Helping Individuals with Severe Disabilities Lead Self-determined Lives

By: Kimberly Frazier  

Adult outcomes for individuals with significant disabilities (e.g., intellectual disabilities, autism spectrum disorder, multiple disabilities, comorbid mental health concerns) are far less favorable as evidenced by many indicators (e.g., employment, time with friends, engagement in community, access to internet) than outcomes of people with other or no disabilities (Newman et al., 2011; Shattuck et al., 2012). Transition services have the potential to increase outcomes for people with disabilities, thereby allowing adults with severe disabilities to realize their full potential (Carr, S.C., 2000). Successful transition requires a partnership among stakeholders. A transition team composed of special education teachers, SLPs, school administrators, school counselors, school social workers, rehabilitation counselors, students and families all bring critical perspectives to the planning process that are vital in providing youth with disabilities opportunities for meaningful employment, access to community resources and recreation, and living opportunities as they transition from school to post-school life. The importance of transition services and a team of professionals working in conjunction with youth and their families cannot be overstated. Research has shown that when students have access to the collaborative expertise of school-based and community professionals they have more positive post-school experiences (Noonan, Gaumer-Erikson, & Morningstar, 2013; Test et al., 2009). Best practices for school and community partnerships are explored.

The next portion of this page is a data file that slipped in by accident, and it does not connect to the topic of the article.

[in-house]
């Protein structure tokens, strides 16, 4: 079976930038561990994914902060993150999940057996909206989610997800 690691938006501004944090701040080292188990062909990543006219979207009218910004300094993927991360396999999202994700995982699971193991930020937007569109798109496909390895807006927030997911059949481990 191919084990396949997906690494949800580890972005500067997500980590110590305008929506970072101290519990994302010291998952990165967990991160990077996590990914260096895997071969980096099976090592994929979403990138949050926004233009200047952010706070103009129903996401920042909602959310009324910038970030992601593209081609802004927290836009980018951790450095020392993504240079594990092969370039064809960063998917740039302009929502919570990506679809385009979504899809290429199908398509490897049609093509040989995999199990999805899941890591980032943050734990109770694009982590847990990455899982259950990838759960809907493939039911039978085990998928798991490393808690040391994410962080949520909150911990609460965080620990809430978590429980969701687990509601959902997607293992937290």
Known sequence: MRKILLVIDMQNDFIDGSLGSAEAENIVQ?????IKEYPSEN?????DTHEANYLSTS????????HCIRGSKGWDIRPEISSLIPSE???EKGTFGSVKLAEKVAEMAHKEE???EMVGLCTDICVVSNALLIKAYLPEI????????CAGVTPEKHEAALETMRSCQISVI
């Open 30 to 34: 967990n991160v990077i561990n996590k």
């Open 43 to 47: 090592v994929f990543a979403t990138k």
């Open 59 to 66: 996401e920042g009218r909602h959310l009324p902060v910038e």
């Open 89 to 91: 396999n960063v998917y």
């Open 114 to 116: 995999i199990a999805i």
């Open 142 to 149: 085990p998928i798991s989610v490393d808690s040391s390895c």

Disabilities, Transition, Diversity
Education and Learning in a World of Difference
Paper Presentation in a Themed Session

Kimberly Frazier

Associate Professor, Communication Disorders, University of Arkansas, United States
United States

Kimberly Frazier is an associate professor at the University of Arkansas. She has over 28 years of experience working with individuals with communication disorders.